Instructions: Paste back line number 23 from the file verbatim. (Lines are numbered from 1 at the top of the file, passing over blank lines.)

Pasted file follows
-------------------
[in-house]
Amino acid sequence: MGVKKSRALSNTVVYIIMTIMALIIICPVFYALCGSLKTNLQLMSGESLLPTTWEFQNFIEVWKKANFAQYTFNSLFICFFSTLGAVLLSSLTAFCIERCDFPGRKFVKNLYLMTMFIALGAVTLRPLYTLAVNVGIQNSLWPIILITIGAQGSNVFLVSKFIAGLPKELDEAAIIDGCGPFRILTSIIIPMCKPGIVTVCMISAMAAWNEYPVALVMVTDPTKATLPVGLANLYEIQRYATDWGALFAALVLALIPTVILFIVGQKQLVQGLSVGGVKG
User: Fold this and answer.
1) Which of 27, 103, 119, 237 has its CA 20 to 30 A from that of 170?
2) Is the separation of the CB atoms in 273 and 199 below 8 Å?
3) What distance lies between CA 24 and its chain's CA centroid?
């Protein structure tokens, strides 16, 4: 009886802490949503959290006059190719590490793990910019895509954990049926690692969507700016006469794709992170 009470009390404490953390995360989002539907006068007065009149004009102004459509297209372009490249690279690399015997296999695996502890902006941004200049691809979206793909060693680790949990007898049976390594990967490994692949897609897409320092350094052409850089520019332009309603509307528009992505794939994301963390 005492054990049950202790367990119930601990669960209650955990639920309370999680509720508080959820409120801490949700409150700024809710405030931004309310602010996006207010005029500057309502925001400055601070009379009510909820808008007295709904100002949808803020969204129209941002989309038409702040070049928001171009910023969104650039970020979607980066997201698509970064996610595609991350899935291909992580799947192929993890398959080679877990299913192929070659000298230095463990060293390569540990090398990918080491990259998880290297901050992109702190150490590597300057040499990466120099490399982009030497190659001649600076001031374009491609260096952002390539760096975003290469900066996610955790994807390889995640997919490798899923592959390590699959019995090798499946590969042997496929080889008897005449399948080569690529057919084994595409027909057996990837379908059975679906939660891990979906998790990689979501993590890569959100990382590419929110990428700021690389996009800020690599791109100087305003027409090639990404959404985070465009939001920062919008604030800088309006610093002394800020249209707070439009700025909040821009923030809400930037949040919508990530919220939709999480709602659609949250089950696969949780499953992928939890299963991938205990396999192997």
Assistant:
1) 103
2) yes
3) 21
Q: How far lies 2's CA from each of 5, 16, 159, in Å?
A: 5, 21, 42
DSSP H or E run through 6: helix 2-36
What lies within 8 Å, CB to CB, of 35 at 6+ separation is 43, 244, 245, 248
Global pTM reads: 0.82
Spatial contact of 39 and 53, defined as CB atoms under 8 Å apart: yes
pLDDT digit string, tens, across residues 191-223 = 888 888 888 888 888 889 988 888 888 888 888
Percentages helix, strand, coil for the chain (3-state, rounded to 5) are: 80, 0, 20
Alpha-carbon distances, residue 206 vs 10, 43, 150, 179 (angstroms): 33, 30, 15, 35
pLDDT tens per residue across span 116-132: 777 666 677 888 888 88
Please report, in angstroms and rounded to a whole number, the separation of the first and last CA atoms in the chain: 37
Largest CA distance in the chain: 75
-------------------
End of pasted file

Largest CA distance in the chain: 75